Today's PHRs are generally "un-networked." They typically require the consumer to enter data manually or get a view of information from a single entity such as one health plan, one pharmacy, or perhaps one health care provider's electronic health record (EHR). Yet most people have relationships with many different doctors and health care entities; particularly those Americans with multiple chronic conditions – more than 60 million today and estimated to reach 81 million by 20205  – must coordinate their care across several providers and entities. If the PHR is limited to one particular relationship, it may not meet the long-term needs of many whose information is dispersed across organizations. Some people in a stable relationship with one integrated delivery system may today have their information adequately accessible through an application from that institution. However, for most people, over time, PHRs would be much more useful if they were networked to aggregate the consumer's health information across multiple sources (e.g., the consumer's insurance eligibility and claims, her records from all of her doctors, her lab results, her pharmacy services, her diagnostic imaging, etc.).

    'Networked' PHRs as Tools for Transformation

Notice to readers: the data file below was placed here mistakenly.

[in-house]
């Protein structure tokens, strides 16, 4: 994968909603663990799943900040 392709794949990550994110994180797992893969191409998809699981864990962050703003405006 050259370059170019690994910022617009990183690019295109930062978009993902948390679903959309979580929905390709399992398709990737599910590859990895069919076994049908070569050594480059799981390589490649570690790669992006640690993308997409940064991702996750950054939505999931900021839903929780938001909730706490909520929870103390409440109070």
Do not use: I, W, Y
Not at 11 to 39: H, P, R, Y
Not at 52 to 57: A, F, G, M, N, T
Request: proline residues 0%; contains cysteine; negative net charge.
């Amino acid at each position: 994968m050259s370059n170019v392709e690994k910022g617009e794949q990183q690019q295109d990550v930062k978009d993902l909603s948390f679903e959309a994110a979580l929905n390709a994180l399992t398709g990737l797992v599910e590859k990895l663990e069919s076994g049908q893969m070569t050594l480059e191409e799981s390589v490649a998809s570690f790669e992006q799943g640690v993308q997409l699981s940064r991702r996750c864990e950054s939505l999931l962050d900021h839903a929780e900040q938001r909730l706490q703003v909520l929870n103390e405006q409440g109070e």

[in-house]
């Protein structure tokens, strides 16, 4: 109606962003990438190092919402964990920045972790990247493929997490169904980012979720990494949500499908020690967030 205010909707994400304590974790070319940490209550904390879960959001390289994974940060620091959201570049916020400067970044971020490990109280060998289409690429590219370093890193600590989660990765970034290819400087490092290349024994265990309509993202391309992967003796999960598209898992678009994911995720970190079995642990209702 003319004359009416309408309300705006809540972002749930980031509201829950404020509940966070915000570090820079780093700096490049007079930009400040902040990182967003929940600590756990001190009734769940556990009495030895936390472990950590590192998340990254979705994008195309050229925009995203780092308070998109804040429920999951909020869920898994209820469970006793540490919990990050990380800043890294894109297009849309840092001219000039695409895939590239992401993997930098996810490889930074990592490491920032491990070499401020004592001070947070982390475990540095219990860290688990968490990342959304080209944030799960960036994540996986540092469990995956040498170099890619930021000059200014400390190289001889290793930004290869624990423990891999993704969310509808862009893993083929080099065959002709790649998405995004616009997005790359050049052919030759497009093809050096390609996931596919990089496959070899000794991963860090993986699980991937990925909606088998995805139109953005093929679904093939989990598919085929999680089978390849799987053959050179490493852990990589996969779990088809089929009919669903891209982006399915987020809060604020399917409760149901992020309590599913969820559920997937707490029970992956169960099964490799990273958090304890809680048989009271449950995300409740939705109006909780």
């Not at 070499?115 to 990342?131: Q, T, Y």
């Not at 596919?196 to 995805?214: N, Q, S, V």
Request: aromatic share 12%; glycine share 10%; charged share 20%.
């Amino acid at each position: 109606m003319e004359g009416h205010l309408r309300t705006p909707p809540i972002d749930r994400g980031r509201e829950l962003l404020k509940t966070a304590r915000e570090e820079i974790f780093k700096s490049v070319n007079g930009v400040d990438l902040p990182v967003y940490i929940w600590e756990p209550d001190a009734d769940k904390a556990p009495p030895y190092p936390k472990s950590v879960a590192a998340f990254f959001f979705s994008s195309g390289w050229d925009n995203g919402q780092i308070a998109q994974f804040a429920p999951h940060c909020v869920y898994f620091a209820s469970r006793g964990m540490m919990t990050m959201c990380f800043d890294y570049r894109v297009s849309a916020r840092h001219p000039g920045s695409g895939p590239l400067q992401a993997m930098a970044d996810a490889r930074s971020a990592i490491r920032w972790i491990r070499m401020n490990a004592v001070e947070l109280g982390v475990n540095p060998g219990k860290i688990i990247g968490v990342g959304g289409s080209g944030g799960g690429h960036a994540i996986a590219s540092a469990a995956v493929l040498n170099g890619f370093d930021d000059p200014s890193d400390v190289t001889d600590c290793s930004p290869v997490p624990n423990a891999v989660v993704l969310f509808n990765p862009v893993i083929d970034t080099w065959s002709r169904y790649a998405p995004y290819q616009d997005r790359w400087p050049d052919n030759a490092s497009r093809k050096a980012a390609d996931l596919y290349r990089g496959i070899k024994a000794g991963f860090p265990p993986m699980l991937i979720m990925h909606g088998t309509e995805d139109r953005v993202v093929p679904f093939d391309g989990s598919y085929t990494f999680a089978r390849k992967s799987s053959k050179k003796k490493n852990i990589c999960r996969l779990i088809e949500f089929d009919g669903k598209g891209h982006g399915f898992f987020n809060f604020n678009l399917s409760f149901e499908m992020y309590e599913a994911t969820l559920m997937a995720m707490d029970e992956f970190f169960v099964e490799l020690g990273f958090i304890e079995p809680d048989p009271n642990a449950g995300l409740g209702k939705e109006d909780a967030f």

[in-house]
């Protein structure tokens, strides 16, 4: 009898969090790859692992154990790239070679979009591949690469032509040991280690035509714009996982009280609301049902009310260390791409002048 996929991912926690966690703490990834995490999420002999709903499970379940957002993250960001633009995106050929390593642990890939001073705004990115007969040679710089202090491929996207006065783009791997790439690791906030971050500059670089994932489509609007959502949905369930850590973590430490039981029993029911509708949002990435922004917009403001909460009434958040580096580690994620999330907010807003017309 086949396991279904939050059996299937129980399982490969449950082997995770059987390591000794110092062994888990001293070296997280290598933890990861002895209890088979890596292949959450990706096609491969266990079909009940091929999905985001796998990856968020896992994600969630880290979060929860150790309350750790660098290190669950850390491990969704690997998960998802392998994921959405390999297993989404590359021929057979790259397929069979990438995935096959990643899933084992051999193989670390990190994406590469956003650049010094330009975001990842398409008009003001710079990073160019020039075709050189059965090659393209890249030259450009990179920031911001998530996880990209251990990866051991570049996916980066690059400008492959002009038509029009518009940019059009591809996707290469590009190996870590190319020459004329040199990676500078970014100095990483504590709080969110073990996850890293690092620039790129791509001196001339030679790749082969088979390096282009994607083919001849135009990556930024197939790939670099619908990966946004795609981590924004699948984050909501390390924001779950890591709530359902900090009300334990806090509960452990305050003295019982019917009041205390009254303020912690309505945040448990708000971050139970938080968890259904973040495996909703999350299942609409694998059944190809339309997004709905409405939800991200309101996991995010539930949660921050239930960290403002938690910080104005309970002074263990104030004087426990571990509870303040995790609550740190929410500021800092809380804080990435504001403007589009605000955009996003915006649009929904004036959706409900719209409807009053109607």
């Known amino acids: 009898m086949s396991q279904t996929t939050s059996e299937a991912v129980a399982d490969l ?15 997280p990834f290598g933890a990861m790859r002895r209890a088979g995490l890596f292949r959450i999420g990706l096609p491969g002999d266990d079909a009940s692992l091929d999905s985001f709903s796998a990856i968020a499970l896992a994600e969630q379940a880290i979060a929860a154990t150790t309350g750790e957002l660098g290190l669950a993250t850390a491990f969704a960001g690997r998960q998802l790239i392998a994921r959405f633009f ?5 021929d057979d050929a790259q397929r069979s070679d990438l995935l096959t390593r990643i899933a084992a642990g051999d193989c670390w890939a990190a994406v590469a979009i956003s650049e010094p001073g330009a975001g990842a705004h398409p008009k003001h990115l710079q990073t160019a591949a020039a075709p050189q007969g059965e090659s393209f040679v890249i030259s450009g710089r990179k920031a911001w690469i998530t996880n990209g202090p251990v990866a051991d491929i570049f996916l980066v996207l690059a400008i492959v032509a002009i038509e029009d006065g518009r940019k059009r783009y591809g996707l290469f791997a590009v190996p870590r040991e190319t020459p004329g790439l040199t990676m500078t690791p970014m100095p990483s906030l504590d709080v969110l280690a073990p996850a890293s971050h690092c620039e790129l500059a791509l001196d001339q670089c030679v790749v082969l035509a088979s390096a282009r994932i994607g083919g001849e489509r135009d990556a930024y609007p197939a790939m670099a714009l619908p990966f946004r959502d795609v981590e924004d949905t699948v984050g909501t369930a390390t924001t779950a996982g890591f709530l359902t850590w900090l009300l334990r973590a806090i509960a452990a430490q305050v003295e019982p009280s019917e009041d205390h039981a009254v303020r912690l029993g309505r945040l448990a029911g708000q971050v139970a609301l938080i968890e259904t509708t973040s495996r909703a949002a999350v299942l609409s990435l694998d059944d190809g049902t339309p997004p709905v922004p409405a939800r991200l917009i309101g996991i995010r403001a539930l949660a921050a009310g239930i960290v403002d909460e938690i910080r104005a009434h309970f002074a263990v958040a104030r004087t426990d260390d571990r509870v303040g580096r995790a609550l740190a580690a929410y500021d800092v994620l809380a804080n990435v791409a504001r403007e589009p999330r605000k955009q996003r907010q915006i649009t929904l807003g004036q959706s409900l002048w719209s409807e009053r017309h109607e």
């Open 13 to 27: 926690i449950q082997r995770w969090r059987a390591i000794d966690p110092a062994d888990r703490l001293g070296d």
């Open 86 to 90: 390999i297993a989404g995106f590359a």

The mere aggregation of the consumer's data, however, should not be an end in itself. The true test is whether the network makes it easier for ordinary people to coordinate and engage more actively in their own health and health care. We see a networked environment for PHRs as a foundation for Americans to improve the quality and safety of the care they receive, to communicate better with their doctors, to manage their own health, and to take care of loved ones.

    This paper argues that consumers can help accelerate transformative change, particularly in a networked information environment. However, we emphasize that clinicians also have a critical role in realizing the full potential of networked PHRs. Consumers continue to see doctors and other health professionals as the key agents of their care and the most trusted hosts of their personal health information. To take advantage of networked personal health information, both consumers and clinicians must be open to changes in their relationships, responsibilities, and workflows. Network-enabled efficiencies and safety improvements are more likely to occur if consumers and health care professionals act as partners who share access to and responsibility for updating personal health information. The status quo – in which most personal health information under the custodianship of providers, payers, and other entities is largely "un-networked" – makes it more difficult for consumers to gather their data from multiple sources, more difficult to choose freely among providers, and thus more difficult to manage their health.

    The Rationale for Networking Consumers

    Entrenched problems in the American health care system are well-documented. Among the oft-cited deficiencies:

    • Fragmentation that leads to inefficiency and duplication of efforts and costs.6 7 
    • Disappointing levels of safety and quality that lead to high rates of medical errors.8 9 10 
    • Frequent unavailability of vital information at point of care.11